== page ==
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The future of work

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GPR - Rochester View Drop Down
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Post Options Post Options   Thanks (0) Thanks(0)   Quote GPR - Rochester Quote  Post ReplyReply Direct Link To This Post Posted: 18 February 2022 at 8:42am
Originally posted by totallybiasedscarlet totallybiasedscarlet wrote:

Originally posted by RR1972 RR1972 wrote:

We need a more skilled more qualified less sickly work force tbh. By skilled i don’t just mean academically , tradesmen and women etc

One of the things that annoyed me about Blair was the target to put half of school leavers through Uni. There was a headlong rush to turn Poly's into Uni's and a whole tranche of education became academised uneccesarily. It's quite revealing ... it suggests what Blair's perspective was on jobs and what he valued in education. There wasn't any room in it for technical training and manufacturing. Contrast the UK's approach to manufacturing with Germany's. The policy of deindustrialisation was an entirely political choice. Thatcher in particular listened to Patrick Minford. Where there were opportunities to modernise the UK allowed asset strippers in.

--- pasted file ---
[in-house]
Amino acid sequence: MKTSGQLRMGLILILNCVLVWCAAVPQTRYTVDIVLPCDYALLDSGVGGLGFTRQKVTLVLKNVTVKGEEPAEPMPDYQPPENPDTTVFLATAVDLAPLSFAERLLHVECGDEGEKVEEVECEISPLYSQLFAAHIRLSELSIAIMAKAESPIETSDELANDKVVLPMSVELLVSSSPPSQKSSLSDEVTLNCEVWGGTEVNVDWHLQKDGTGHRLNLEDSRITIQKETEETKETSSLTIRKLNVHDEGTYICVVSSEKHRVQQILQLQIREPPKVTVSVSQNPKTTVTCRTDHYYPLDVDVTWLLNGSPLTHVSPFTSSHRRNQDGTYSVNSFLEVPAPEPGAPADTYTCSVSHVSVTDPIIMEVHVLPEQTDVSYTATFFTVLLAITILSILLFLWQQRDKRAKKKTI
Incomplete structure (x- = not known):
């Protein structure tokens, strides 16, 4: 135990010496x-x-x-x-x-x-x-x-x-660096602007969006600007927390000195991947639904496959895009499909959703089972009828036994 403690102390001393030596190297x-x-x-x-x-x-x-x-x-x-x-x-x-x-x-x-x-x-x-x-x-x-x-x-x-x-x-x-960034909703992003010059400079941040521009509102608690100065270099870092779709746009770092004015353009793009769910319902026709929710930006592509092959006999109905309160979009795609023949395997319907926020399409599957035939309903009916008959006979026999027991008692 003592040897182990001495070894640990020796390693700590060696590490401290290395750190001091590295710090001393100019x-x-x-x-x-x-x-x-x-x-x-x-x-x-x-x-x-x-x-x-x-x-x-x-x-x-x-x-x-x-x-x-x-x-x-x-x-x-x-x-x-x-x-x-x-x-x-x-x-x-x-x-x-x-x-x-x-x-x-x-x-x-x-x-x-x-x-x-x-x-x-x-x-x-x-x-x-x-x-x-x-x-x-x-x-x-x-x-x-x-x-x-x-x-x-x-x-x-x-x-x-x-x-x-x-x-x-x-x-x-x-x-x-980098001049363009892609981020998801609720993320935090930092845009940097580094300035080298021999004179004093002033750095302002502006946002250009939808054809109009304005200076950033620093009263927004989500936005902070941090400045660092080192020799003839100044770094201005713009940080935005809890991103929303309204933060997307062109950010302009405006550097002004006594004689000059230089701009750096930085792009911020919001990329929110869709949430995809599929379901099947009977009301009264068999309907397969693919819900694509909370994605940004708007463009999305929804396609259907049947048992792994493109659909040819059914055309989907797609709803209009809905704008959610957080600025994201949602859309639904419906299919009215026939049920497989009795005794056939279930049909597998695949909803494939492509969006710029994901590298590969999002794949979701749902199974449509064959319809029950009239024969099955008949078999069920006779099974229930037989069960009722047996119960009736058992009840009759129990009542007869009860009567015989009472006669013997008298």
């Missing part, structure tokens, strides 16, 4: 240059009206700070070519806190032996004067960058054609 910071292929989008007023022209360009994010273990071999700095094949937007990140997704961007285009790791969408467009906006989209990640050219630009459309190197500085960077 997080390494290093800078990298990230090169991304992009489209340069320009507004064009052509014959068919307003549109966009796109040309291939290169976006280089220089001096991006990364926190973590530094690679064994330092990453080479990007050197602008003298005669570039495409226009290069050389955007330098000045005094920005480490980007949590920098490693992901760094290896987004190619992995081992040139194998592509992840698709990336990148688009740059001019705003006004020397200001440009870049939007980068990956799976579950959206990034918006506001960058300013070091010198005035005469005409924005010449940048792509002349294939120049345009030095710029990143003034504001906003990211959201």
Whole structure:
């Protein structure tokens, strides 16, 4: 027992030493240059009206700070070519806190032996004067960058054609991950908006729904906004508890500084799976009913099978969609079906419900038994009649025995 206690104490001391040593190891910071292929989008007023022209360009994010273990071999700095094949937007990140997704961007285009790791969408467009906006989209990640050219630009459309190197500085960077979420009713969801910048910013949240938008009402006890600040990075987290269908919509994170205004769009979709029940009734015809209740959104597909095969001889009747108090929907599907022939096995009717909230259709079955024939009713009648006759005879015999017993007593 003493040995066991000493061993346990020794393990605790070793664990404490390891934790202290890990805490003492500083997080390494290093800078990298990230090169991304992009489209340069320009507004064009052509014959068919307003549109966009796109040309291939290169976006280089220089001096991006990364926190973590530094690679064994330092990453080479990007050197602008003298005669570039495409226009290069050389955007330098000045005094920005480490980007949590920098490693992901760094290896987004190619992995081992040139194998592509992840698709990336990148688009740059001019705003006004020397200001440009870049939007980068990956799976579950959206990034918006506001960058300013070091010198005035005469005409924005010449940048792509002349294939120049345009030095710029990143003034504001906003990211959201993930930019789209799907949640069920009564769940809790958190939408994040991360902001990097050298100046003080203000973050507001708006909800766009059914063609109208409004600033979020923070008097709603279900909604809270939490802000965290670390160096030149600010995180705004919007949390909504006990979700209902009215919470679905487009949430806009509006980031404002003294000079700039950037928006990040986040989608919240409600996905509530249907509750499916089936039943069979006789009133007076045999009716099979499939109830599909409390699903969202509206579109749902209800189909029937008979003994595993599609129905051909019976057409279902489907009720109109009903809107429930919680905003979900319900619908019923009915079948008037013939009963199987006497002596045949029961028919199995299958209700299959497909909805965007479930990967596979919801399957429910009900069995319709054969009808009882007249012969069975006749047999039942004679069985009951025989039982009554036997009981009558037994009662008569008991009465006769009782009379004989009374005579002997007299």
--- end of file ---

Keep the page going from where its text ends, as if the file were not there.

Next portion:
There have been far too many mistakes made by British governments over the years to list but the asset stripping away of our ability to manufacture is by far the greatest. Coal, steel, shipbuilding, automotive, water, power ....... the list goes on.